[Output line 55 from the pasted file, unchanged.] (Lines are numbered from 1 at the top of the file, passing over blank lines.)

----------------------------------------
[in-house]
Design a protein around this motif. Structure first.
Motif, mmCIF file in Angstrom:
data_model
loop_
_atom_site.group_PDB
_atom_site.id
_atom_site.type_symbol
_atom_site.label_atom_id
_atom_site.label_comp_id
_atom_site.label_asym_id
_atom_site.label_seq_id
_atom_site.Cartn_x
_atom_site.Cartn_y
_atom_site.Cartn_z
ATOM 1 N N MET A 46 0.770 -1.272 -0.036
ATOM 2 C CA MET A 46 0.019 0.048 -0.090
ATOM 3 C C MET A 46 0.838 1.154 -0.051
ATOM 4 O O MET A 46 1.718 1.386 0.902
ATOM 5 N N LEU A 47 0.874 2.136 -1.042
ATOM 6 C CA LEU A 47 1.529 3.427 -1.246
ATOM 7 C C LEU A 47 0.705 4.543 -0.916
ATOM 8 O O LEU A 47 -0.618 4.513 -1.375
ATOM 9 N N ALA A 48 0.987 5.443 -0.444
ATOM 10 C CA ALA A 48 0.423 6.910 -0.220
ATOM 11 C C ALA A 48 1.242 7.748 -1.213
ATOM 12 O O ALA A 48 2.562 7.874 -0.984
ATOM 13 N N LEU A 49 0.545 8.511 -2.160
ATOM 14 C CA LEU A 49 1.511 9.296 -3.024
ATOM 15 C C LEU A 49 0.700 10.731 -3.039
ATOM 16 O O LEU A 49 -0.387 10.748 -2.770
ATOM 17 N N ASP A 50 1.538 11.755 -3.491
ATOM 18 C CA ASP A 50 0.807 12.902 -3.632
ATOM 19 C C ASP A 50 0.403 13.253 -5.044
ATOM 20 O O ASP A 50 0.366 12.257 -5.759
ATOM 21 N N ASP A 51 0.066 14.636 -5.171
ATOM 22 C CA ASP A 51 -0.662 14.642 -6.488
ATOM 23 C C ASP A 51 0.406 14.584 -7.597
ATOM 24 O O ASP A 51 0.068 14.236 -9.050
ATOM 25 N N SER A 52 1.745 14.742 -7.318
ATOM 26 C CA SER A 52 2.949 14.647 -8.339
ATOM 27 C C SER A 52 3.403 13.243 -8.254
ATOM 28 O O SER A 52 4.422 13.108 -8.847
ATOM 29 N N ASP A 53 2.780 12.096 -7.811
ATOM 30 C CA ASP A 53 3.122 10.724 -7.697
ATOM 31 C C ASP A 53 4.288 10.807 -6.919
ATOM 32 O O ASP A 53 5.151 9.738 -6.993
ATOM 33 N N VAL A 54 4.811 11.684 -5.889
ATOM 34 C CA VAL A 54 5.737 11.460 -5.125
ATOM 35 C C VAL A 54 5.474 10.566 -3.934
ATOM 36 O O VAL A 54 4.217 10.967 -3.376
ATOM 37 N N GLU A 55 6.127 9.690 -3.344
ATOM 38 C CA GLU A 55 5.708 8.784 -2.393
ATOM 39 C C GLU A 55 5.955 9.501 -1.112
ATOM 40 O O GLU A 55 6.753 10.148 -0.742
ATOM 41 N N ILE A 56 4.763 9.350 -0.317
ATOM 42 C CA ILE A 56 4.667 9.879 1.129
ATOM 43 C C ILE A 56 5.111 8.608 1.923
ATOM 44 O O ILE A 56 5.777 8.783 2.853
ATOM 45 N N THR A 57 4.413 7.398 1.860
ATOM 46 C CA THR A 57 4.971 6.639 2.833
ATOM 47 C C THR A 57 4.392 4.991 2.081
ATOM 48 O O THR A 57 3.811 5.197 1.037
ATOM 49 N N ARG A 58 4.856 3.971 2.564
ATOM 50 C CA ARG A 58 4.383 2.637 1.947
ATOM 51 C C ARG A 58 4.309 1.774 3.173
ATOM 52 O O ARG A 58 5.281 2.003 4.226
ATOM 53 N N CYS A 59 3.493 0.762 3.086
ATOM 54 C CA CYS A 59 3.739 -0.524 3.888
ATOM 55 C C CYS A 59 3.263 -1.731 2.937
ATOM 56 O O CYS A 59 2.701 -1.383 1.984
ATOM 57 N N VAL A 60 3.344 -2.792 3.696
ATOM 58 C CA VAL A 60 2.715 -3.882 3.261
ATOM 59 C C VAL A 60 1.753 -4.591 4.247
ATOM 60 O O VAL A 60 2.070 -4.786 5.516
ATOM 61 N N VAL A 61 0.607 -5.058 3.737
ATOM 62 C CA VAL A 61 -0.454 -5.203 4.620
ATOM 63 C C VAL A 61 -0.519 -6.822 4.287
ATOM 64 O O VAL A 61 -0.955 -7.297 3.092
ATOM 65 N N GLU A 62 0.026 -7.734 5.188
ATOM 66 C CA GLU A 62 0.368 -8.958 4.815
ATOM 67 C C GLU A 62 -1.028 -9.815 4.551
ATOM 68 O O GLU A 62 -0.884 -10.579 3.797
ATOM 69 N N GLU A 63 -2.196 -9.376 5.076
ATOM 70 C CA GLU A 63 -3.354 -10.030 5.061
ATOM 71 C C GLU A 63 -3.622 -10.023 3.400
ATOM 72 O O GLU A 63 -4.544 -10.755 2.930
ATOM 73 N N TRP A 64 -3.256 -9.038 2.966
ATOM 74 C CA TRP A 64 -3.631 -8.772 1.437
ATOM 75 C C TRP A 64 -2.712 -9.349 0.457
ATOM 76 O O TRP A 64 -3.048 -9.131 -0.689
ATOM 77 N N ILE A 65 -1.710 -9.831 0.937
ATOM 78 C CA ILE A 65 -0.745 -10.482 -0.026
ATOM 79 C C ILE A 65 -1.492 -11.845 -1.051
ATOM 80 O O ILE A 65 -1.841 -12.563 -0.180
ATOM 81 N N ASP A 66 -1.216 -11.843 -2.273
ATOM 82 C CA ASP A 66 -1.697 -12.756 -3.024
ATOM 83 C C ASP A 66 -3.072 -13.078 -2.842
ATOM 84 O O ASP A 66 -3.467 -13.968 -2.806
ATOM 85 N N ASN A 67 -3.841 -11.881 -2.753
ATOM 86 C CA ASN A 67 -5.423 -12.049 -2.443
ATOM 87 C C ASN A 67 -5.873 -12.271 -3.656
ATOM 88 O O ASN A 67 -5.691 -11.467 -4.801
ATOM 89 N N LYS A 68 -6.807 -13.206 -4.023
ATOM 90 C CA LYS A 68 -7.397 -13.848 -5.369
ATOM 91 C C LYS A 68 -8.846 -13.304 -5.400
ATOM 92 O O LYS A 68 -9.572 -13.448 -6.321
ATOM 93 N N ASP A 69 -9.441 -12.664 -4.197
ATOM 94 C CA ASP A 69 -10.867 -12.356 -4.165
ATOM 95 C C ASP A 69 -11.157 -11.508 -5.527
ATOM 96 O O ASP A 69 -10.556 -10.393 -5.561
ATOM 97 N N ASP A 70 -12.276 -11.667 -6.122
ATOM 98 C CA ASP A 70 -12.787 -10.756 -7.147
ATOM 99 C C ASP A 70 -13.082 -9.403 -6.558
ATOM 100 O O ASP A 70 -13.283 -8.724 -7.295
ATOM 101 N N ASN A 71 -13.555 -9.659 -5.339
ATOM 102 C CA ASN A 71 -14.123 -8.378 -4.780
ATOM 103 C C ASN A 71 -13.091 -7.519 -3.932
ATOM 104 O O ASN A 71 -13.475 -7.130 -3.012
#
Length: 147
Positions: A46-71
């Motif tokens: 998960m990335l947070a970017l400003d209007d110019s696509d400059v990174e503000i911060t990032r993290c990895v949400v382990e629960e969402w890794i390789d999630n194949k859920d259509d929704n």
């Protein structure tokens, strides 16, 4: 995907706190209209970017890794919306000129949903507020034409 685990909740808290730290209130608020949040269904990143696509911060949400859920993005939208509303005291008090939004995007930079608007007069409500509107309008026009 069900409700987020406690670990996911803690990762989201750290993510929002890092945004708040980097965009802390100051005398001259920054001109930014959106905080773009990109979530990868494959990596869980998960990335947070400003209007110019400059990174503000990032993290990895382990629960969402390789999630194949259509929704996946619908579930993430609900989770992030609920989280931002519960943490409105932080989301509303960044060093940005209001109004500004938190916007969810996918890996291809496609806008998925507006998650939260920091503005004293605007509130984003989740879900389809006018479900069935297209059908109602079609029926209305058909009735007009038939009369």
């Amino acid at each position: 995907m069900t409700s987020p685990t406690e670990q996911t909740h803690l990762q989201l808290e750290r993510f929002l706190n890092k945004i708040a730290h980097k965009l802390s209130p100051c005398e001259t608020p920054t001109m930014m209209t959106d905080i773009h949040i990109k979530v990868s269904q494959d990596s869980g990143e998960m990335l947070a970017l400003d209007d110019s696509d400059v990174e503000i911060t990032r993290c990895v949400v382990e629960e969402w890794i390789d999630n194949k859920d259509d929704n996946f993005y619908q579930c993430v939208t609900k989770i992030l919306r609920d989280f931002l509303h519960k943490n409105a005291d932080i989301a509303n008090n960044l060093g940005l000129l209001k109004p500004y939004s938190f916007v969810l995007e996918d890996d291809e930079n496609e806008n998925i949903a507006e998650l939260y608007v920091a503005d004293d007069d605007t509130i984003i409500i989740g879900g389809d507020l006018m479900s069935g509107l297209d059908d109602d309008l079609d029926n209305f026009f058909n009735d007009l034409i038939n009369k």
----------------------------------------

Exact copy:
ATOM 40 O O GLU A 55 6.753 10.148 -0.742